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Easy access control in your Vue apps

umarov profile image Muzafar Umarov ・3 min read

As you start growing your application and have more users, you will want to add some access control to some part of your application. It's a pretty common problem to stumble upon when you are building sophisticated applications

Let's say you are building an application for a retail store and you will have different levels access.

  • Salesperson
  • Manager

The salesperson will be able to checkout people, but won't be able to provide a discount to a customer who needs a discount. The manager can come in, authenticate themselves and be able to see the user interface to allow them to give a discount.

This type of a use-case can happen in any environment that we build user interfaces for. So coming up with a solid solution will help you delivery more effective apps.


How would we do something like this in Vue?

v-if

Let's say we have a component that applies a discount:

<customer-discount :order="order" @discount-applied="onDiscountApplied" />

This component could include an <input> field with a <button> to apply the discount.

A basic solution might be to add a v-if check to hide this component if the user is not allowed to give discounts.

<customer-discount
  v-if="user.canApplyDiscount"
  :order="order" 
  @discount-applied="onDiscountApplied" />

This will work fine for most use-cases. If you are already following this pattern, continue doing it. There is nothing wrong with it.

Using v-if everywhere you need access control could become cumbersome. You will end up repeating the logic in multiple places. This will be worse once you want to share the behavior across different Vue apps. For modularity and re-usability, we will need to do it differently.

What is a better solution then?

<slot />

With <slot>s in Vue, you can create some really awesome components. They allow you to compose and add features to your apps using templates.

In this example, we will create a component called <access-control />. This component can accept a role that a user has to have in order to see what's inside the component. What's inside the component will be toggled based on a logic inside <access-control />.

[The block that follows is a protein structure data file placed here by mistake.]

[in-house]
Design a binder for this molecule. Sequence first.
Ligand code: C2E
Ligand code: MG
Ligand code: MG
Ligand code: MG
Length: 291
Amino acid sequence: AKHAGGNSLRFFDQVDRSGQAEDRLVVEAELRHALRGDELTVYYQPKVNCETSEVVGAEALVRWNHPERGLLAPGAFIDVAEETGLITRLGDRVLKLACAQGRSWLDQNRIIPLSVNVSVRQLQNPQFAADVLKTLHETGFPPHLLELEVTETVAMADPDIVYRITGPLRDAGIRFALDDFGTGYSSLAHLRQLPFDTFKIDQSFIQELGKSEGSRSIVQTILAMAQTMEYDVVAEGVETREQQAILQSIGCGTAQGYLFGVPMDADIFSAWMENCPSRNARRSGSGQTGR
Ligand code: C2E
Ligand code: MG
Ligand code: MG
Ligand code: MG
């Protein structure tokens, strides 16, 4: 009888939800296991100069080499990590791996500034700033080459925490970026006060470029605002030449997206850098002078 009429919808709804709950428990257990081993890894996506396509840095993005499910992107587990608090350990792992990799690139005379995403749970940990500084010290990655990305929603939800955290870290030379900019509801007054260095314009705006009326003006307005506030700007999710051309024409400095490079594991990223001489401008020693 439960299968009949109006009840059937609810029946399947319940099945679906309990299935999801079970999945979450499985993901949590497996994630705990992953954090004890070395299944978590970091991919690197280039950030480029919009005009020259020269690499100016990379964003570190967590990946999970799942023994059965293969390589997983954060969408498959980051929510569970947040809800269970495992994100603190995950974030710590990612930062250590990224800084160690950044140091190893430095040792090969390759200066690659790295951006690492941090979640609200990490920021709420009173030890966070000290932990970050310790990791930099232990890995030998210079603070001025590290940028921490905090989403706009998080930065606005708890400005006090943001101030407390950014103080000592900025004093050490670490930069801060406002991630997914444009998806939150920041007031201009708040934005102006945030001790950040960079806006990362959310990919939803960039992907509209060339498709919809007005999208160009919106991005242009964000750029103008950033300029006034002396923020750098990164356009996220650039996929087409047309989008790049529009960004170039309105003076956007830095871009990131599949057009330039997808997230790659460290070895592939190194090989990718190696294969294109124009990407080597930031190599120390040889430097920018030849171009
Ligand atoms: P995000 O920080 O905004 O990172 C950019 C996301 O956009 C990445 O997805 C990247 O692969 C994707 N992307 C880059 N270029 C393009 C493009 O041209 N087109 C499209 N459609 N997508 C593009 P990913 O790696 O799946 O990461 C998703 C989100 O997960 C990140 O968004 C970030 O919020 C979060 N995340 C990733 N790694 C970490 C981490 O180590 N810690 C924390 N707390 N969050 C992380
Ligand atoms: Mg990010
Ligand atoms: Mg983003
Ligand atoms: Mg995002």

Let's look at the implementation:

<template>
  <div v-if="hasRole">
    <slot />
  </div>
</template>

<script>
export default {
  props: {
    roles: { type: Array, default: () => [] },
    role: { type: String, default: '' }
  },
  computed: {
    hasRole () {
      return this.roles.length === 0 || this.roles.includes(this.role)
    }
  }
}
</script>

All the magic happens in the hasRole computed property. Everything is powered by the props that are passed into this component. You can drop this component anywhere in your app and reuse with other roles.

<access-control :roles="['salesperson']" role="manager">
  <customer-discount :order="order" @discount-applied="onDiscountApplied" />
</access-control>

Let's say, you want to now show a component based on multiple roles. You could refactor the props to accept an array of roles as the requirement. Instead of doing that, you can compose <access-control />.

Here is an example of a component that allows the user to order inventory:

<access-control :roles="userRoles" role="manager">
  <access-control :roles="userRoles" role="team-lead">
    <order-inventory />
  </access-control>
</access-control>

That looks pretty cool. One downside is the repeating of :roles="userRoles". If you are using Vuex, you can use a mapGetter to get the user roles. So that will clean up your templates and just allow you to pass the required role.

Now, I can already hear functional component enthusiasts typing below about how I could have used a functional component here instead. And they are right!

Enter functional: true

I created the same example with a functional component. It's shorter as well. Since it's functional, Vue doesn't create a new component object for functional components. It also makes it an even better candidate for composing for multiple roles.

<script>
export default {
  functional: true,
  props: {
    roles: { type: Array, default: () => [] },
    role: { type: String, default: '' }
  },
  render (_, { props: { roles, role }, children }) {
    if (roles.length === 0 || roles.includes(role)) return children
  }
}
</script>

Believe or not, that's the whole component. You can import it and use it the same way as the non-functional version. This one will be super light-weight and powerful.


Here is Codesandbox that shows both versions:


So here you go. A simple component you can use in any Vue app that requires some access control. It's easy to use and light-weight.

I hope you enjoyed reading this post. Let me know if you have done something like this! It's a pretty common problem. I stumbled upon it recently and create a component for it at work.

Posted on by:

umarov profile

Muzafar Umarov

@umarov

I am developer from Tajikistan. I live in the United States of America. I love programming. I love learning new ways to solve problems. I am also into photography, video/Youtube, and racing.

Discussion

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Editor guide
 

Hey, nice post!
What do you think if I do functional component as you do but in the template, if declarate 'funcional'.
It works well and I think it's an easy way to make it reusable no?
I'm new in vue and I`m learning this great framework 😊

imgur.com/a/c2NYZKc

 

Yeah, that could work as well. It's the same once Vue compiles the template. It will look like what I wrote.

 

Ahh okay, nice.
Thanks!!